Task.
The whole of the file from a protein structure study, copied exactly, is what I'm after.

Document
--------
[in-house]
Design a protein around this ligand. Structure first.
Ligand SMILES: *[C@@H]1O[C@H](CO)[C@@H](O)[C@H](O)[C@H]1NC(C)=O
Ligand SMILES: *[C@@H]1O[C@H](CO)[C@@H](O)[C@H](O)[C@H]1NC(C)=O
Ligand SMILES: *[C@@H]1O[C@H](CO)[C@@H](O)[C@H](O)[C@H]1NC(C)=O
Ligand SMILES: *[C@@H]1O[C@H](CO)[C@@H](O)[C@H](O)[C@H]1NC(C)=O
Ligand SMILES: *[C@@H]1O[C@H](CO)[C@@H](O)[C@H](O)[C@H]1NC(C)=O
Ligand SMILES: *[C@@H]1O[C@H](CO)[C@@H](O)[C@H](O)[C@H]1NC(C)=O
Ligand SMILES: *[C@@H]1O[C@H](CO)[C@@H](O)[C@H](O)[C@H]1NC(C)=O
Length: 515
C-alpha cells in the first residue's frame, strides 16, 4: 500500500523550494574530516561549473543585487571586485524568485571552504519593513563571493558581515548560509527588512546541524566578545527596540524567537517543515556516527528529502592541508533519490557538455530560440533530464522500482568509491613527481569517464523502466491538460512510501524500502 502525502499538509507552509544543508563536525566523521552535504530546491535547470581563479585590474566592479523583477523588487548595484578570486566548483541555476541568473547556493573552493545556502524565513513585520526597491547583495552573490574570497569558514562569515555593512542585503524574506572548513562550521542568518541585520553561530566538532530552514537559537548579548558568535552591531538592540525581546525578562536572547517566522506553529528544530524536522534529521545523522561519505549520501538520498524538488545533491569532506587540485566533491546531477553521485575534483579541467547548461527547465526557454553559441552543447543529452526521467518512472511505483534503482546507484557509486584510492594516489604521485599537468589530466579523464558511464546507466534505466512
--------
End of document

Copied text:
[in-house]
Design a protein around this ligand. Structure first.
Ligand SMILES: *[C@@H]1O[C@H](CO)[C@@H](O)[C@H](O)[C@H]1NC(C)=O
Ligand SMILES: *[C@@H]1O[C@H](CO)[C@@H](O)[C@H](O)[C@H]1NC(C)=O
Ligand SMILES: *[C@@H]1O[C@H](CO)[C@@H](O)[C@H](O)[C@H]1NC(C)=O
Ligand SMILES: *[C@@H]1O[C@H](CO)[C@@H](O)[C@H](O)[C@H]1NC(C)=O
Ligand SMILES: *[C@@H]1O[C@H](CO)[C@@H](O)[C@H](O)[C@H]1NC(C)=O
Ligand SMILES: *[C@@H]1O[C@H](CO)[C@@H](O)[C@H](O)[C@H]1NC(C)=O
Ligand SMILES: *[C@@H]1O[C@H](CO)[C@@H](O)[C@H](O)[C@H]1NC(C)=O
Length: 515
C-alpha cells in the first residue's frame, strides 16, 4: 500500500523550494574530516561549473543585487571586485524568485571552504519593513563571493558581515548560509527588512546541524566578545527596540524567537517543515556516527528529502592541508533519490557538455530560440533530464522500482568509491613527481569517464523502466491538460512510501524500502 502525502499538509507552509544543508563536525566523521552535504530546491535547470581563479585590474566592479523583477523588487548595484578570486566548483541555476541568473547556493573552493545556502524565513513585520526597491547583495552573490574570497569558514562569515555593512542585503524574506572548513562550521542568518541585520553561530566538532530552514537559537548579548558568535552591531538592540525581546525578562536572547517566522506553529528544530524536522534529521545523522561519505549520501538520498524538488545533491569532506587540485566533491546531477553521485575534483579541467547548461527547465526557454553559441552543447543529452526521467518512472511505483534503482546507484557509486584510492594516489604521485599537468589530466579523464558511464546507466534505466512